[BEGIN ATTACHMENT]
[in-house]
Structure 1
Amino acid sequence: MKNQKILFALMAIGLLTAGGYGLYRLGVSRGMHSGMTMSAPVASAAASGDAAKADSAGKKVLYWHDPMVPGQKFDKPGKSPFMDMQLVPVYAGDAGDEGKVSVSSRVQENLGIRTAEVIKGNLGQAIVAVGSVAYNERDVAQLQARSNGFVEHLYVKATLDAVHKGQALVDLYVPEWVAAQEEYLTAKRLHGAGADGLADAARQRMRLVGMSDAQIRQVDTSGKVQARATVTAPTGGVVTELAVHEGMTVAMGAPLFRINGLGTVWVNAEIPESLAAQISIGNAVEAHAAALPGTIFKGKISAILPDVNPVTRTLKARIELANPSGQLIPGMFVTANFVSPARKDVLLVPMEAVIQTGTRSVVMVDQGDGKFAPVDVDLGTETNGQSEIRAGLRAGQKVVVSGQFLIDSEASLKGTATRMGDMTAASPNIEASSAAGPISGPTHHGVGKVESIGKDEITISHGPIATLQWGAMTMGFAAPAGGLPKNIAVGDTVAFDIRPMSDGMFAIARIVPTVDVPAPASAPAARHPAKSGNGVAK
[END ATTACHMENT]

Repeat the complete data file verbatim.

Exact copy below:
[in-house]
Structure 1
Amino acid sequence: MKNQKILFALMAIGLLTAGGYGLYRLGVSRGMHSGMTMSAPVASAAASGDAAKADSAGKKVLYWHDPMVPGQKFDKPGKSPFMDMQLVPVYAGDAGDEGKVSVSSRVQENLGIRTAEVIKGNLGQAIVAVGSVAYNERDVAQLQARSNGFVEHLYVKATLDAVHKGQALVDLYVPEWVAAQEEYLTAKRLHGAGADGLADAARQRMRLVGMSDAQIRQVDTSGKVQARATVTAPTGGVVTELAVHEGMTVAMGAPLFRINGLGTVWVNAEIPESLAAQISIGNAVEAHAAALPGTIFKGKISAILPDVNPVTRTLKARIELANPSGQLIPGMFVTANFVSPARKDVLLVPMEAVIQTGTRSVVMVDQGDGKFAPVDVDLGTETNGQSEIRAGLRAGQKVVVSGQFLIDSEASLKGTATRMGDMTAASPNIEASSAAGPISGPTHHGVGKVESIGKDEITISHGPIATLQWGAMTMGFAAPAGGLPKNIAVGDTVAFDIRPMSDGMFAIARIVPTVDVPAPASAPAARHPAKSGNGVAK